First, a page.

Although his early attempts to improve RE4’s visuals arose from a place of sheer passion, Marin Garau’s efforts quickly ran into a number of serious roadblocks. For one thing, many of the textures had issues with the 3D to 2D mapping process (UV mapping), which required trial and error edits to make them look awesome in HD. (Fixing these blemishes, masked by the low-res nature of the original, would eventually become the bulk of the project’s texture work.) like mouse support and correct button prompts for controllers. When he considered the amount of work it would take to fix all the HD assets in the game, it just didn’t seem worth it.
Marin Garau eventually ran into a fellow modder, Cris Morales, who was hard at work on the same UV mapping issues Marin Garau had run into, with slightly more success. Morales planned to release his own texture pack for the Wii version of RE4, using the Dolphin emulator to patch the game. However, shortly after he began working on the project, Capcom announced that an enhanced PC port of RE4 was in development. Marin Garau and Morales decided to join forces to release a definitive HD texture pack for the beloved game for everyone to enjoy.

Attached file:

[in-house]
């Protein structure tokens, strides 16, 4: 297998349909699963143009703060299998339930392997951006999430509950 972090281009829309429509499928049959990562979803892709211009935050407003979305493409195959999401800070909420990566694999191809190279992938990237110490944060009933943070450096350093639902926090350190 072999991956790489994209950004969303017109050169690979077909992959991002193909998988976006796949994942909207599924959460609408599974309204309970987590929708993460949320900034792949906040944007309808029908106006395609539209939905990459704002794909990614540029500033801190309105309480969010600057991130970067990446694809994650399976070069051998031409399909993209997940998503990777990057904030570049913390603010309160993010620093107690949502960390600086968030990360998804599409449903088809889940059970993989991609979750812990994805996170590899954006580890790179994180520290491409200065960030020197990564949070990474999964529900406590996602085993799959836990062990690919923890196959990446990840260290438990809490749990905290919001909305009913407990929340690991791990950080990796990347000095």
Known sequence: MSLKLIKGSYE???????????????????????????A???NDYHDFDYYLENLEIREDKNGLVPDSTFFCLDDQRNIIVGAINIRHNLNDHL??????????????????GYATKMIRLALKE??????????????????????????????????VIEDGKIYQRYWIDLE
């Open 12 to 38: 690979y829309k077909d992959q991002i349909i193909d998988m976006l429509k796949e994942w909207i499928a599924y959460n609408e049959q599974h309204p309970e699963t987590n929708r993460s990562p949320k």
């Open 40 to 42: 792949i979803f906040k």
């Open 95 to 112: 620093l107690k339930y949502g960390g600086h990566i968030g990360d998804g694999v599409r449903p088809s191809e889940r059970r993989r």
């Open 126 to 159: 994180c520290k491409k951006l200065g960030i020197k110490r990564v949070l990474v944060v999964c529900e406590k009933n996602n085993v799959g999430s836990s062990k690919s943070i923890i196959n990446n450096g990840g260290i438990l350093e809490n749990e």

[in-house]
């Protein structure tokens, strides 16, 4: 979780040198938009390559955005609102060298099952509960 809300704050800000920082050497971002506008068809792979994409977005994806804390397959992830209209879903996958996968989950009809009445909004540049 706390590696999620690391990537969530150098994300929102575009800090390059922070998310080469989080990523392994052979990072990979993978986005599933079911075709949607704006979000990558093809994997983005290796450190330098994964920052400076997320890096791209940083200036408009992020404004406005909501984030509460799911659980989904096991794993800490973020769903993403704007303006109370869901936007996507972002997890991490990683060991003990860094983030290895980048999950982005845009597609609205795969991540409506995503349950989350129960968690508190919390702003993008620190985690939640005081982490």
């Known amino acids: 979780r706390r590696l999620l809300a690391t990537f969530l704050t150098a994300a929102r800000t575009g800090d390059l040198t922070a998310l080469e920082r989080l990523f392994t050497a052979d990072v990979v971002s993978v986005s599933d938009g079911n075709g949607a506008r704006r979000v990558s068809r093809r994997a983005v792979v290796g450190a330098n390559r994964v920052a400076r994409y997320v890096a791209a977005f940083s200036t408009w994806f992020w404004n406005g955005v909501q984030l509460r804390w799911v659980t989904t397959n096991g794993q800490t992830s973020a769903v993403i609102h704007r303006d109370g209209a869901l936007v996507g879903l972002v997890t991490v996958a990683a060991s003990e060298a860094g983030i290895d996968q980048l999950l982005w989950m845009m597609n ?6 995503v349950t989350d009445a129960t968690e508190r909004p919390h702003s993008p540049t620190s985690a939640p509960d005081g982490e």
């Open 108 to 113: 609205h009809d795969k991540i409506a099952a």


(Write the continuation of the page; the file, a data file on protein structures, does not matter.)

The outpouring of support from the RE fan community was overwhelming, so overwhelming, in fact, that it completely changed the structure of the project itself. After working on textures for a year, a community co-developer released tools that allowed Marin Garau and Morales to play with other aspects of the game, including character models, lighting, collision data, and the in-game camera. game. . This allowed the team to envision a more ambitious undertaking: a project that would build HD-ify RE4 from the ground up in every detail. One that would be measured in years, not months.